Killeavy Castle in south Armagh gets a new owner

Killeavy Castle Killeavy Castle has lain empty for more than 10 years.
Door knob It has been sold at auction for £1.19m
3 The castle is in need of complete restoration
4 The building started life as a farm house built in a gothic style

A dilapidated castle in County Armagh has been sold at auction for £1.19m.

Killeavy Castle sits on the slopes of Slieve Gullion and has lain empty for more than 10 years.

The Grade I listed building was put on the market, along with estate and farm totalling 134 acres, in October 2012 with a guide price of £975,000.

The buyer has not been named. However, it is understood he does not live in Ireland but has relatives in, and connections to, the area.

The castle is in need of complete restoration and the new owner has indicated he is keen to return the building and estate to its former glory.

"He has said he will take a long-term view, about five to 10 years, and is keen to restore it," said Garry Best of Best Properties, who handled the sale.

"It's very much a one-off type of property and in a very scenic spot. It also comes with 130 acres so it's not too surprising that it went for more than the guide price."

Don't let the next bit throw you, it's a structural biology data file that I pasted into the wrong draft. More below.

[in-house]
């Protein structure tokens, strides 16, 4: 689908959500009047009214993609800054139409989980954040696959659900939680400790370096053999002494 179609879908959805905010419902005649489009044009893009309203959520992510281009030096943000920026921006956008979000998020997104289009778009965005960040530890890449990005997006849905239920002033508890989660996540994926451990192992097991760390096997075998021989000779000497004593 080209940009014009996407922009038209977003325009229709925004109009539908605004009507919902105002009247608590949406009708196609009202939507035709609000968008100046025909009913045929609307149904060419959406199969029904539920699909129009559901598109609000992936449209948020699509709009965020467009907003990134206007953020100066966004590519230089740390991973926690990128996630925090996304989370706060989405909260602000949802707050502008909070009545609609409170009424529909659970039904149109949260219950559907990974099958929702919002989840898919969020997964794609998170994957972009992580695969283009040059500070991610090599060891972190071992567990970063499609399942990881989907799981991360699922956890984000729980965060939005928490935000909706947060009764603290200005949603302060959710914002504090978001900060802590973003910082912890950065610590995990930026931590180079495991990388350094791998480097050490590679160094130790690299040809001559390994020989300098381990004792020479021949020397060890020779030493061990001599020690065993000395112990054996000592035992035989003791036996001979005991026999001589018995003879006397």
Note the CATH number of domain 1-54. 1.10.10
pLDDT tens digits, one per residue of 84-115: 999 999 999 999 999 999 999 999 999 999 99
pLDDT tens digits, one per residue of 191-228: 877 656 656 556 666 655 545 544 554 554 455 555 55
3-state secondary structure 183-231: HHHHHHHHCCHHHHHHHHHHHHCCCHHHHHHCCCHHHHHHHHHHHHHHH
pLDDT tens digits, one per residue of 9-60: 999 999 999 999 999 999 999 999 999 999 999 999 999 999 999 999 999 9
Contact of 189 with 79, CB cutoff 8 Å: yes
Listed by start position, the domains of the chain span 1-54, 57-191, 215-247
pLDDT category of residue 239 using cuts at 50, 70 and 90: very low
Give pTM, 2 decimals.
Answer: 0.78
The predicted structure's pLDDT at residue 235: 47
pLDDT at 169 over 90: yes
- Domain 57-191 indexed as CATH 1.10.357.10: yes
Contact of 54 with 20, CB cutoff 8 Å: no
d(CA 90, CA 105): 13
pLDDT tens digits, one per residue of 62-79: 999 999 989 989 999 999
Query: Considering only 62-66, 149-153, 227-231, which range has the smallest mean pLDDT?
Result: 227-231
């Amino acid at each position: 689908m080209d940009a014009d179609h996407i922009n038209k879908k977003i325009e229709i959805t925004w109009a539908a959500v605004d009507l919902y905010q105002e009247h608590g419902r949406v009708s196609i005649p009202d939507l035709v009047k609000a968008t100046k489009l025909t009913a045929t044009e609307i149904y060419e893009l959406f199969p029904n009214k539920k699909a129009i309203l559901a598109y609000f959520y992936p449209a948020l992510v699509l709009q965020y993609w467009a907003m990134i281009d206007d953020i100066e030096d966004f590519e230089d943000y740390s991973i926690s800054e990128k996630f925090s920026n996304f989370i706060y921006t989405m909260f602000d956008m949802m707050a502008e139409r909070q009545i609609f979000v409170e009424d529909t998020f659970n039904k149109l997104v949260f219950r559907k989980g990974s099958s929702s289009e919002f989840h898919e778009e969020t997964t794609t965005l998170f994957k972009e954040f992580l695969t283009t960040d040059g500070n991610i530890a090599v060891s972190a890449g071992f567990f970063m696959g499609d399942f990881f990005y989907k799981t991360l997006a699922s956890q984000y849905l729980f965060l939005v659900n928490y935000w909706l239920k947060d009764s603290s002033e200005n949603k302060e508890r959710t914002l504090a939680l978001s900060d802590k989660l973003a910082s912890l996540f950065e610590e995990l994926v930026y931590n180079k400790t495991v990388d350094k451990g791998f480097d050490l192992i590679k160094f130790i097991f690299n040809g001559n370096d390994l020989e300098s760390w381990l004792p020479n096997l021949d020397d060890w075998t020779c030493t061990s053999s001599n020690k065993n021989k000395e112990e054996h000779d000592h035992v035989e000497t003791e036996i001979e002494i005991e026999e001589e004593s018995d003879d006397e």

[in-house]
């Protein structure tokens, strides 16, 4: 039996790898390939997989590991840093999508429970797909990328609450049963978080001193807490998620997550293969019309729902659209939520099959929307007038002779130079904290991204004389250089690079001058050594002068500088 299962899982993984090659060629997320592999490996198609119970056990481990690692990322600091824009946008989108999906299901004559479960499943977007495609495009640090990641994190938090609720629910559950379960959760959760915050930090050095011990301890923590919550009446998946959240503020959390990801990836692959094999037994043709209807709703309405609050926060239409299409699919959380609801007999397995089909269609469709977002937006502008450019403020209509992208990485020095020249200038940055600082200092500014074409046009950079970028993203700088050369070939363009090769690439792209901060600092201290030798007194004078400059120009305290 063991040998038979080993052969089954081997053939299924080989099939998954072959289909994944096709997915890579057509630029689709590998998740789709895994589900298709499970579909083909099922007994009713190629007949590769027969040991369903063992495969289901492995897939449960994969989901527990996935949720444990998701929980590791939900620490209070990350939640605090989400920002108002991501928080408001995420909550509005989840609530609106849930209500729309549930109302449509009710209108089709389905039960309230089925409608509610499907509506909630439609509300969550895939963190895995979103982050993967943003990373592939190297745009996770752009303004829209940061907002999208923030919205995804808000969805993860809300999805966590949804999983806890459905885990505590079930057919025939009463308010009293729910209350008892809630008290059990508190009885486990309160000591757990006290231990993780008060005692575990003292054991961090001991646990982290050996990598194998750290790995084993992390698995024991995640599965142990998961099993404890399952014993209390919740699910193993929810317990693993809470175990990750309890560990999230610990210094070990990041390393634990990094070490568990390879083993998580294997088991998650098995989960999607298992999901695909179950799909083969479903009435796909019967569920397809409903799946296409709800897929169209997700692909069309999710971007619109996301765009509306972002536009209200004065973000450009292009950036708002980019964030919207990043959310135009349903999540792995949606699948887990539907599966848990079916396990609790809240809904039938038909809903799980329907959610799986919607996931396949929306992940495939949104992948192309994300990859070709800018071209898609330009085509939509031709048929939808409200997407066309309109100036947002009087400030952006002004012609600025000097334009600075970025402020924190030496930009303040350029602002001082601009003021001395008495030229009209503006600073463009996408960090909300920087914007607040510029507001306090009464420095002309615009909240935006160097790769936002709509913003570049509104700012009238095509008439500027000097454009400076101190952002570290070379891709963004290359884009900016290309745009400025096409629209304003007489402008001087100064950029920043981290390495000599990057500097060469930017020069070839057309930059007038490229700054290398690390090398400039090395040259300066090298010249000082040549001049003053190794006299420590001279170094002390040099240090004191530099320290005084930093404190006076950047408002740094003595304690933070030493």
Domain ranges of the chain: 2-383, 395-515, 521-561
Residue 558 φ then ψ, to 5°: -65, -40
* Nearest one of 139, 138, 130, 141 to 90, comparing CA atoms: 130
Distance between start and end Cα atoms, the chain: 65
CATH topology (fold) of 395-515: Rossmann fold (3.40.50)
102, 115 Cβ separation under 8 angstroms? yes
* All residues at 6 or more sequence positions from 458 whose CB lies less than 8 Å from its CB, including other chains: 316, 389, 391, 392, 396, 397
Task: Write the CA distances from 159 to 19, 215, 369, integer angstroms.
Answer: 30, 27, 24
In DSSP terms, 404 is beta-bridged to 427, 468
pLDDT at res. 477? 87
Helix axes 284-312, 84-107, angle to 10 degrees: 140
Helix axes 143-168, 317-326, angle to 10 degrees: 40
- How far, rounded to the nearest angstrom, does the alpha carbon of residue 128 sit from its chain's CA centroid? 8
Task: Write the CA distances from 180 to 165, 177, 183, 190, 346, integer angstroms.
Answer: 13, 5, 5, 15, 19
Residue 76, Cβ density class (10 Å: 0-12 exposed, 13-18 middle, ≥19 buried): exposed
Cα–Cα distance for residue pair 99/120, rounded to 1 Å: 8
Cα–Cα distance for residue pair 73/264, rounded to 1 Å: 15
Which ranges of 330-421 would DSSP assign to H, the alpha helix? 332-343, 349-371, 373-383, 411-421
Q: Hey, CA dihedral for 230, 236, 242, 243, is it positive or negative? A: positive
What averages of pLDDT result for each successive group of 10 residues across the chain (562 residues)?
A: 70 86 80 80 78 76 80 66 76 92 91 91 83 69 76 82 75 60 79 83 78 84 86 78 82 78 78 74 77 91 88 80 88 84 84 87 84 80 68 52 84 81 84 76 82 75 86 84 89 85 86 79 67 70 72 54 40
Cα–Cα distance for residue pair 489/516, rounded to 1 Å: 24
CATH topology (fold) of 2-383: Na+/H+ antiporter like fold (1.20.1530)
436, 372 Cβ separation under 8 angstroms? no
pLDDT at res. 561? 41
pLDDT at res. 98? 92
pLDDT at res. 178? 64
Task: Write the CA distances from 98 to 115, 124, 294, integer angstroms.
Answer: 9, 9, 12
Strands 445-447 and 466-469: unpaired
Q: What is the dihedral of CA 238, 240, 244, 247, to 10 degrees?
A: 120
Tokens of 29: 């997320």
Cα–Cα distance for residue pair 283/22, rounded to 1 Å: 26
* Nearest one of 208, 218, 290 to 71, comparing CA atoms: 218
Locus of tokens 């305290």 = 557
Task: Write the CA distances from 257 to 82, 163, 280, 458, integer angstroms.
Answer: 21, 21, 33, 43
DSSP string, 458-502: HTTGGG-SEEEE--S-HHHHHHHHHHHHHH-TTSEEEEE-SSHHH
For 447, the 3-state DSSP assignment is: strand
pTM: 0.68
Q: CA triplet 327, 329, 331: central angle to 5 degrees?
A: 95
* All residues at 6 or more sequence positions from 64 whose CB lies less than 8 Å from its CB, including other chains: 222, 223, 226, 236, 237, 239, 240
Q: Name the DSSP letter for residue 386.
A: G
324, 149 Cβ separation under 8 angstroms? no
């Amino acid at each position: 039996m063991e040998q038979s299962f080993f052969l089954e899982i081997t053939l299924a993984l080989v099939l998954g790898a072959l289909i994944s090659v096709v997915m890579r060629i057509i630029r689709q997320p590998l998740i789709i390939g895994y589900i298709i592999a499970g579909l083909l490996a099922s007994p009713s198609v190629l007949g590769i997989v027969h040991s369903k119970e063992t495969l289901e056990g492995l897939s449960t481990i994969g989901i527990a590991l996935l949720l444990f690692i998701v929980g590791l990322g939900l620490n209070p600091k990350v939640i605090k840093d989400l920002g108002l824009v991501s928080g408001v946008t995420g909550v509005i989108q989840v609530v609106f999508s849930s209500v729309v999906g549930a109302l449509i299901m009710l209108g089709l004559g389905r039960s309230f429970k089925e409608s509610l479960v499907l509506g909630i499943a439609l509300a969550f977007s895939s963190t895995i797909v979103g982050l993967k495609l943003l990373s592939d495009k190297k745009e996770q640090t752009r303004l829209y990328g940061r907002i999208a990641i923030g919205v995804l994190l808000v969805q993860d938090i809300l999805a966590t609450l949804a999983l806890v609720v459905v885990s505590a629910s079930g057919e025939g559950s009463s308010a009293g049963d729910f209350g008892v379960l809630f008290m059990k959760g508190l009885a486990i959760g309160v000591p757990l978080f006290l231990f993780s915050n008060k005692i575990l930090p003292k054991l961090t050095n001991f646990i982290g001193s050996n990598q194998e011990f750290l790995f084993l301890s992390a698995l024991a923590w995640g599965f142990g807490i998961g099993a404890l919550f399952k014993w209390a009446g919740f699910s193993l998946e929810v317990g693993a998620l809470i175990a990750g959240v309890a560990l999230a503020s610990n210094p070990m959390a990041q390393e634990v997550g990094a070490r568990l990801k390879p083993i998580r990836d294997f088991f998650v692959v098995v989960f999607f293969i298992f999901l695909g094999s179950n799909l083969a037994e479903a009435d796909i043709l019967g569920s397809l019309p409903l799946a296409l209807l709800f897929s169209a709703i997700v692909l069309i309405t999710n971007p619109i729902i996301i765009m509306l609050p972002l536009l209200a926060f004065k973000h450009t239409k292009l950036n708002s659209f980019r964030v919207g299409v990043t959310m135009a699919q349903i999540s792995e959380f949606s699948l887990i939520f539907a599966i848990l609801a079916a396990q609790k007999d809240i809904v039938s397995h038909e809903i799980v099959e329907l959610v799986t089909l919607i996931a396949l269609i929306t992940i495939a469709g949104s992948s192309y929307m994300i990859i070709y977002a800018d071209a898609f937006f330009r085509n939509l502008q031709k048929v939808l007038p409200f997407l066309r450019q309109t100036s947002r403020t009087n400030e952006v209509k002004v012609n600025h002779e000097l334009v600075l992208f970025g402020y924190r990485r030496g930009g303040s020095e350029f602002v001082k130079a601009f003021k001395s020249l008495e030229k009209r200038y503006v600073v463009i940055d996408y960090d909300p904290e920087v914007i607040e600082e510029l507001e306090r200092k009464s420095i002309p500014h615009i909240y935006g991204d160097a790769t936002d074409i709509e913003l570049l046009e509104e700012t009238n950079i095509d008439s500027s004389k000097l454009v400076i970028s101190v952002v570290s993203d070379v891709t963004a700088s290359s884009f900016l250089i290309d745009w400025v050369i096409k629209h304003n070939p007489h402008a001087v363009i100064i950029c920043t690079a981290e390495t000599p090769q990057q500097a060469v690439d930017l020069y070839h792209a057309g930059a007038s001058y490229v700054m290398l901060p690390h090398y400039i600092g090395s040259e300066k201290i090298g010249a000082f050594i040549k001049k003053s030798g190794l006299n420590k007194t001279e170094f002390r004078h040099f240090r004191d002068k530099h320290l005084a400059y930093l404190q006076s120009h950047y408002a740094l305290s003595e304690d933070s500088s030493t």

The building started life as a farm house, built in a gothic style by the Foxall family between 1810 and 1820.

In 1836, four stone towers, outbuildings and Tudor-style windows were added and the house became known as Killeavy Castle.

By 1881, the 4,000 sq ft castle was the home of the Bell family, who owned it until recently.

More Northern Ireland stories



  • A very clever little girlBrain gain

    Why are people getting better at intelligence tests?

  • BeefaloBeefalo hunt

    The hybrid animal causing havoc in the Grand Canyon

  • A British Rail signBringing back BR

    Would it be realistic to renationalise the railways?

  • Banksy image of girl letting go of heart-shaped balloonFrom the heart

    Fergal Keane on the relationship between love and politics

  • Don Roberto Placa Quiet Don

    The world's worst interview - with one of the loneliest men on Earth

Try our new site and tell us what you think. Learn more
Take me there

Copyright © 2015 BBC. The BBC is not responsible for the content of external sites. Read more.

This page is best viewed in an up-to-date web browser with style sheets (CSS) enabled. While you will be able to view the content of this page in your current browser, you will not be able to get the full visual experience. Please consider upgrading your browser software or enabling style sheets (CSS) if you are able to do so.